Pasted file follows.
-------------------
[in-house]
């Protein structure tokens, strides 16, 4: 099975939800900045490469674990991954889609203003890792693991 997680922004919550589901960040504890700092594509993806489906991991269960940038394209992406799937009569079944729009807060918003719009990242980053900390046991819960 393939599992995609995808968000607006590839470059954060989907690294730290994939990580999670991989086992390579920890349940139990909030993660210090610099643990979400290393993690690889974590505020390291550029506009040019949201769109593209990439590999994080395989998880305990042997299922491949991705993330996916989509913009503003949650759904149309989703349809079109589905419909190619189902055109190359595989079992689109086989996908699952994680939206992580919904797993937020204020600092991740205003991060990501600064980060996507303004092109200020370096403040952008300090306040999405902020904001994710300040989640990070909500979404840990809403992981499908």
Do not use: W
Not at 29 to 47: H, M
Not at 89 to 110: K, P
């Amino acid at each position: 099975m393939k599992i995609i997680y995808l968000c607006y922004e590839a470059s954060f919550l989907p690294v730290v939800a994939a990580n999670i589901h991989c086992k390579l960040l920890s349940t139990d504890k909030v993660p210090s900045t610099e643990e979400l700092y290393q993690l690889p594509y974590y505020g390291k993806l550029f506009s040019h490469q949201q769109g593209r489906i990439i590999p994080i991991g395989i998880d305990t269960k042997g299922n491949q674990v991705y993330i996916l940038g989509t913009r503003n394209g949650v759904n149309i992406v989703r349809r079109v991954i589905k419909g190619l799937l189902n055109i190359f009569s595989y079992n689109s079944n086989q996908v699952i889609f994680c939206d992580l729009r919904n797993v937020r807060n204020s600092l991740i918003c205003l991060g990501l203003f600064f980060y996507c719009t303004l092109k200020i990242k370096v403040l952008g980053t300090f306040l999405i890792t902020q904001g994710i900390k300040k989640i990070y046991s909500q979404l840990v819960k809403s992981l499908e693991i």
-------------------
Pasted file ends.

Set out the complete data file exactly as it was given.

[in-house]
């Protein structure tokens, strides 16, 4: 099975939800900045490469674990991954889609203003890792693991 997680922004919550589901960040504890700092594509993806489906991991269960940038394209992406799937009569079944729009807060918003719009990242980053900390046991819960 393939599992995609995808968000607006590839470059954060989907690294730290994939990580999670991989086992390579920890349940139990909030993660210090610099643990979400290393993690690889974590505020390291550029506009040019949201769109593209990439590999994080395989998880305990042997299922491949991705993330996916989509913009503003949650759904149309989703349809079109589905419909190619189902055109190359595989079992689109086989996908699952994680939206992580919904797993937020204020600092991740205003991060990501600064980060996507303004092109200020370096403040952008300090306040999405902020904001994710300040989640990070909500979404840990809403992981499908």
Do not use: W
Not at 29 to 47: H, M
Not at 89 to 110: K, P
């Amino acid at each position: 099975m393939k599992i995609i997680y995808l968000c607006y922004e590839a470059s954060f919550l989907p690294v730290v939800a994939a990580n999670i589901h991989c086992k390579l960040l920890s349940t139990d504890k909030v993660p210090s900045t610099e643990e979400l700092y290393q993690l690889p594509y974590y505020g390291k993806l550029f506009s040019h490469q949201q769109g593209r489906i990439i590999p994080i991991g395989i998880d305990t269960k042997g299922n491949q674990v991705y993330i996916l940038g989509t913009r503003n394209g949650v759904n149309i992406v989703r349809r079109v991954i589905k419909g190619l799937l189902n055109i190359f009569s595989y079992n689109s079944n086989q996908v699952i889609f994680c939206d992580l729009r919904n797993v937020r807060n204020s600092l991740i918003c205003l991060g990501l203003f600064f980060y996507c719009t303004l092109k200020i990242k370096v403040l952008g980053t300090f306040l999405i890792t902020q904001g994710i900390k300040k989640i990070y046991s909500q979404l840990v819960k809403s992981l499908e693991i």